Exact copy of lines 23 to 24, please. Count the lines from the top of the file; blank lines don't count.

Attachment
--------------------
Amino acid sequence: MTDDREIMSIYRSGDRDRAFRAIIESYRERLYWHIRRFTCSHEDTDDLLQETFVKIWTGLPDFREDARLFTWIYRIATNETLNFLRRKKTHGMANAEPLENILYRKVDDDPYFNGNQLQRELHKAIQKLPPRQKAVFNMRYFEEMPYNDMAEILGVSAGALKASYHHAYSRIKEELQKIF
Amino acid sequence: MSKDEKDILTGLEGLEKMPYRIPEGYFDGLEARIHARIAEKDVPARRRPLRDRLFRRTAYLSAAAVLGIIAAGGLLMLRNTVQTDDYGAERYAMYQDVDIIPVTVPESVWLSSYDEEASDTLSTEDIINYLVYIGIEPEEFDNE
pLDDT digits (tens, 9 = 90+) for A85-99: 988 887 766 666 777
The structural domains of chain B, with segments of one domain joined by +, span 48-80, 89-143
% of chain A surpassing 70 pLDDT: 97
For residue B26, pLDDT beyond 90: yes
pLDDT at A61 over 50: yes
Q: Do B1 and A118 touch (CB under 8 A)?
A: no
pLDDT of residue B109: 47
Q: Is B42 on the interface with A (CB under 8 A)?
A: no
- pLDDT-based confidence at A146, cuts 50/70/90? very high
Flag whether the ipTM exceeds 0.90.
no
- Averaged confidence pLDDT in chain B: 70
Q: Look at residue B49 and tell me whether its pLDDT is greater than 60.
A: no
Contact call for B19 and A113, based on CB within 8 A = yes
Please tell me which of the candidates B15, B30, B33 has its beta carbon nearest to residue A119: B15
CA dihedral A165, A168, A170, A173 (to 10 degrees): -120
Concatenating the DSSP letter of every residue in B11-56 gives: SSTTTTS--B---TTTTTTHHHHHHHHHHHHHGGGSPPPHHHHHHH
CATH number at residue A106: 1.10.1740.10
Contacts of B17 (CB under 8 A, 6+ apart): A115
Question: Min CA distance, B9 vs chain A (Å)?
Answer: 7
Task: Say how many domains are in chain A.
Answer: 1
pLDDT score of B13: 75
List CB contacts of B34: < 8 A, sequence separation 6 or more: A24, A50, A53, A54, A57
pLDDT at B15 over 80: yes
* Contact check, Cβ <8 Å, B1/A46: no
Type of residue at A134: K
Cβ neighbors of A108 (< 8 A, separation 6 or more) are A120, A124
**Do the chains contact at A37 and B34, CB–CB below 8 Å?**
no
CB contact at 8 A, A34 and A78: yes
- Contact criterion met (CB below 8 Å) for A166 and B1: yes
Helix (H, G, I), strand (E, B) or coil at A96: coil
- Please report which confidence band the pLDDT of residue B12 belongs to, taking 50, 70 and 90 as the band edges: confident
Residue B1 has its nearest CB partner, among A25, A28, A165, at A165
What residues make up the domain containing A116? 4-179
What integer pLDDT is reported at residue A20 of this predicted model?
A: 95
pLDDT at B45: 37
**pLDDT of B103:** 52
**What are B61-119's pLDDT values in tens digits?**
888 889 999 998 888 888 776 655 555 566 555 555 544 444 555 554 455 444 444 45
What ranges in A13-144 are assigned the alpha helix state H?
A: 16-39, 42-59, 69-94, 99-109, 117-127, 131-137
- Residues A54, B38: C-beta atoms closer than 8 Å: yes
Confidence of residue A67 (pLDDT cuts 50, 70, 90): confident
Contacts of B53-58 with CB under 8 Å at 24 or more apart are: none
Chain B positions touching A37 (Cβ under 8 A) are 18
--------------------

CATH number at residue A106: 1.10.1740.10
Contacts of B17 (CB under 8 A, 6+ apart): A115